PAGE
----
Another issue I had with the book is that the majority of it is told through Daniel. He’s the narrator, so I’m not sure how reliable he is when “telling” the reader about things. This also diminishes any relationship I could have with the characters.

Characters: 2/5 Rating

Since much of the story was told by Daniel, there was a disconnect between reader and characters. I didn’t feel anything for them—no sorrow or happiness. They were bland, and sometimes, what Daniel stated about a character didn’t always fit when it came to their actions.

Here is an excerpt of Alina helping an older man with his carry-on. Prior to this, Daniel describes Alina as standoffish and somewhat of a Goth girl. The old man is significant to the story. This excerpt is odd because the author points out the old man looked capable of carrying his bag, so it diminished the importance of this suspense trail. It’s as if he tossed us a hint, and then explained it.

“Alina, to my surprise, jumped up and slipped through the door, helping the man onto the train, carrying his case into the carriage. The old man, who looked strong and fit enough to be able to handle the suitcase himself, thanked her in his own language then headed off to a seat at the other end of the carriage.”

Then there is the problem with Daniel telling me instead of the author showing. Below is Daniel talking about how Laura has changed since they returned from their trip.

“She had also developed a new habit in the days following our return, a habit of swiping and rubbing at her eyes, like there was something in them that bothered her. There was, she explained to me… ”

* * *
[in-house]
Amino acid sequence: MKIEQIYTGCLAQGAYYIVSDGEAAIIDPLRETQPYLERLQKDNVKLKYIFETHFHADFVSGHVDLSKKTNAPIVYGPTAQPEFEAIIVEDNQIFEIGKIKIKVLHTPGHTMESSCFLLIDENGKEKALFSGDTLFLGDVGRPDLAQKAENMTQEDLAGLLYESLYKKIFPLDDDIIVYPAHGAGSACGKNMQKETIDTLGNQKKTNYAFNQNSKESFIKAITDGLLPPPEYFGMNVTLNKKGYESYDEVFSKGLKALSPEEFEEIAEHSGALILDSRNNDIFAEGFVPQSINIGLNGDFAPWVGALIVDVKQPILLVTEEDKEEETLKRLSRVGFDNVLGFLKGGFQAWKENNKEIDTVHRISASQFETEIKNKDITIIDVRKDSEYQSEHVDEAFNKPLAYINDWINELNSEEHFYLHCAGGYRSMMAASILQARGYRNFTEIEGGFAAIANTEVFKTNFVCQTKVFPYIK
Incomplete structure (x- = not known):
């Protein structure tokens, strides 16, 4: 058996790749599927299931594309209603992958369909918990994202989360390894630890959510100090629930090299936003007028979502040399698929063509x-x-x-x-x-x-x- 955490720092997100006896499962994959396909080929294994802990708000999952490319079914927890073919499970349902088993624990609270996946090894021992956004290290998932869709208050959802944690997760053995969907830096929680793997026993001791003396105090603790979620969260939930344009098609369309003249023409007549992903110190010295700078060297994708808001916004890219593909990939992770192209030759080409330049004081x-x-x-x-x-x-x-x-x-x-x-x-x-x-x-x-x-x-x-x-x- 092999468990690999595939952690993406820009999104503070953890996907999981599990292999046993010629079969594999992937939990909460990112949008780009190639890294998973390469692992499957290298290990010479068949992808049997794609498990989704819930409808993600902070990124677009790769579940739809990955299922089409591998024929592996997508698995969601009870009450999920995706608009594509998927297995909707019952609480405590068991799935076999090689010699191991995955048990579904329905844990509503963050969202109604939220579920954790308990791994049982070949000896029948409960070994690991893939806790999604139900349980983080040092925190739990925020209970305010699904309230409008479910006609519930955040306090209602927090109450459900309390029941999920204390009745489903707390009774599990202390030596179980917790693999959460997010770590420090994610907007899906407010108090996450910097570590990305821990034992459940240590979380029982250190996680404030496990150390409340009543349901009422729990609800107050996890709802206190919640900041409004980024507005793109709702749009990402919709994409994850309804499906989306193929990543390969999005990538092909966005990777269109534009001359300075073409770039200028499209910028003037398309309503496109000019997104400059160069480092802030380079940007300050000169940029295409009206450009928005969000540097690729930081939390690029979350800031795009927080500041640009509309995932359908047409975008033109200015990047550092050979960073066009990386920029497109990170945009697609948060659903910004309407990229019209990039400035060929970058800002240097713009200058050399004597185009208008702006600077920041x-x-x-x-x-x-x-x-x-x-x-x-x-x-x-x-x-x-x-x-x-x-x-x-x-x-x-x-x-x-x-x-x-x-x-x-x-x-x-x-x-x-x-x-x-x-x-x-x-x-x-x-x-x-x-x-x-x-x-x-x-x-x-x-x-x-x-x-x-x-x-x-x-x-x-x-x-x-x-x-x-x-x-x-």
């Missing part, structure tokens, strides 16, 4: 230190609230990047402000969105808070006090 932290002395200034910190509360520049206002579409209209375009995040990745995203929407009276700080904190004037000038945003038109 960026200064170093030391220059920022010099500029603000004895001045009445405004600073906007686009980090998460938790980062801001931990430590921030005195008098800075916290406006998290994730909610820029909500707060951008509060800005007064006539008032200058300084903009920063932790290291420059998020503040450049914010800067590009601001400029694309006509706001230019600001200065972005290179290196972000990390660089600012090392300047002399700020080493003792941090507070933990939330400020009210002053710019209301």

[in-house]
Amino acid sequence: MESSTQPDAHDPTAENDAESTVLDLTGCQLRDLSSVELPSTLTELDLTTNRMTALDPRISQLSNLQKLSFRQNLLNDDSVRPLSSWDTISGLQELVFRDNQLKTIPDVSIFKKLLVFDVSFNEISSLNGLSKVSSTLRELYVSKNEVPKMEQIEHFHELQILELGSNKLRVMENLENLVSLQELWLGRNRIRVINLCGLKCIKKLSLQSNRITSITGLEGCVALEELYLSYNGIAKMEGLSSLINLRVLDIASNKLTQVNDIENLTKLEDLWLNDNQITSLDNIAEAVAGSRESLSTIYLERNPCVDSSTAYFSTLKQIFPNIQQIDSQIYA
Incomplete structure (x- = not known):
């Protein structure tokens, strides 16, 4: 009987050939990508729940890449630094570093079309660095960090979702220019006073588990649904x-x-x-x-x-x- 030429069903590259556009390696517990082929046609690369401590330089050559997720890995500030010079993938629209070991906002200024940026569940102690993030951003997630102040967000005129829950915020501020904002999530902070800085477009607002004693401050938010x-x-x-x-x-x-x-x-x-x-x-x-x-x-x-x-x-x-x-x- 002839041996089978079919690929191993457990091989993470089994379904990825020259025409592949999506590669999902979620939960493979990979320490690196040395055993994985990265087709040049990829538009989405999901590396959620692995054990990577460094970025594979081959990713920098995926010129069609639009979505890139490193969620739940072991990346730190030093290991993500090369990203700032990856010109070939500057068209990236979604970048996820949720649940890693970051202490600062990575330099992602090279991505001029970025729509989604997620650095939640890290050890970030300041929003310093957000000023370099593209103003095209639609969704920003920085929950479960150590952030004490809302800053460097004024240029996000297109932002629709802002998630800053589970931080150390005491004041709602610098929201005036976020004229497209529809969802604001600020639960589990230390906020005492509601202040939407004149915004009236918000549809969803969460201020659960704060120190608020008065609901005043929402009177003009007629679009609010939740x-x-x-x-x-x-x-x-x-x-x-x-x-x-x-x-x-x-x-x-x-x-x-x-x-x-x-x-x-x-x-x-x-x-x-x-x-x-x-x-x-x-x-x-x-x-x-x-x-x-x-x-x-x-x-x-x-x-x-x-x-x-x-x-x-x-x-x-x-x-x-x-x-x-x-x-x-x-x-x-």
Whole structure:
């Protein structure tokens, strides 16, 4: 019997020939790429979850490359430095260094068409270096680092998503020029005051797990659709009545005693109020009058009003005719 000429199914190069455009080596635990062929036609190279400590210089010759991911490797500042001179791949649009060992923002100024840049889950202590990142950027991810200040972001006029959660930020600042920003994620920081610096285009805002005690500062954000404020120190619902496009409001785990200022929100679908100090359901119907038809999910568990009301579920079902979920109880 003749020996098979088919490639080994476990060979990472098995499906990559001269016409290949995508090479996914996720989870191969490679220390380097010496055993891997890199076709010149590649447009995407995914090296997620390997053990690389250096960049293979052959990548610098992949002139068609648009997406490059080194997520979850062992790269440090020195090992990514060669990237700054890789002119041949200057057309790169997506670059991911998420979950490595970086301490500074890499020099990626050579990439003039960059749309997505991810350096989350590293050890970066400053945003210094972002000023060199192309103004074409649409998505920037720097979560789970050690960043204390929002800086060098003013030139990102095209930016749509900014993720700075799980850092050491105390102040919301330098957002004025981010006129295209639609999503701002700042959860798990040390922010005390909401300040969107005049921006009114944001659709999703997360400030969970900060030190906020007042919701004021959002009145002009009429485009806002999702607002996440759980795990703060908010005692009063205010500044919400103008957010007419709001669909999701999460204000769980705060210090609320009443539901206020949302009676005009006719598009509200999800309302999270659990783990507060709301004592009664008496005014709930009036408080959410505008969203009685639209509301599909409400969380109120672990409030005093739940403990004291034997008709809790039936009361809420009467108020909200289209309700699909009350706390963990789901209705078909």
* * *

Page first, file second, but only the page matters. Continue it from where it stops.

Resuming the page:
Instead of telling me through Daniel, the author could have shown it by describing Laura’s behavior. It leaves the reader with little understanding of Laura. Sure, Daniel’s telling me about her actions, but if I want to get emotionally invested in the characters, I need to witness it myself.

Writing and Overall Rating: 2/5 Stars

Due to the boring plot and zero connection to the characters, I’d have to give this book two stars. I really wanted to like it. There was nothing spectacular about his writing. I never felt “on the edge of my seat”. On the contrary, I sighed too often but continued with the hopes that I missed something. That I would get pelted with an incredible end… except it didn’t happen.

The cover and description piqued my interest. There were too many moments that took me away from the story. Fighting my way through the story to the end was a bitter experience for me.

This wraps up my review.

To purchase the book, please visit Amazon for a copy.

Have you read this book or any by Mark Edwards? What are your thoughts about the review?

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6 thoughts on “Follow You Home by Mark Edwards”

  1. This book sounds like it was very good – but that it also had the potential to be amazing had it been given more time to do so. I don’t think I will pick this one up – especially upon discovering that the characters are a little flat and it borders on repetitious sometimes…

  2. I too am drawn to the types of psychological thriller covers such as the one featured here. I know I would grow impatient with this book though if there is a lot of repetition and passages that don’t advance the story. Gotta make every word count!

  3. The review was great and all, but I just want to say that I love you using the term “didn’t jive with me.” That’s awesome. I need to re-add jive into my daily vocabulary. It’s a fantastic word.

    Also, there’s one lesson I will always remember learning from an editor from Scholastic. He told me never be a bully when writing. And what he meant was exactly stuff like the above – “He had a nice Samsung, she had a crappy old iPhone. She sucks at taking care of her stuff.” It adds nothing to the story and just makes you and/or the character look like a bully.

    1. ABFTS, Jive is a fantastic word. I feel like one of the cool kids when I say it.

      I see what you mean about the bully part. It’s as if he wanted to put in his opinions about something, yet there was no other point to it other than bullying his way into the story.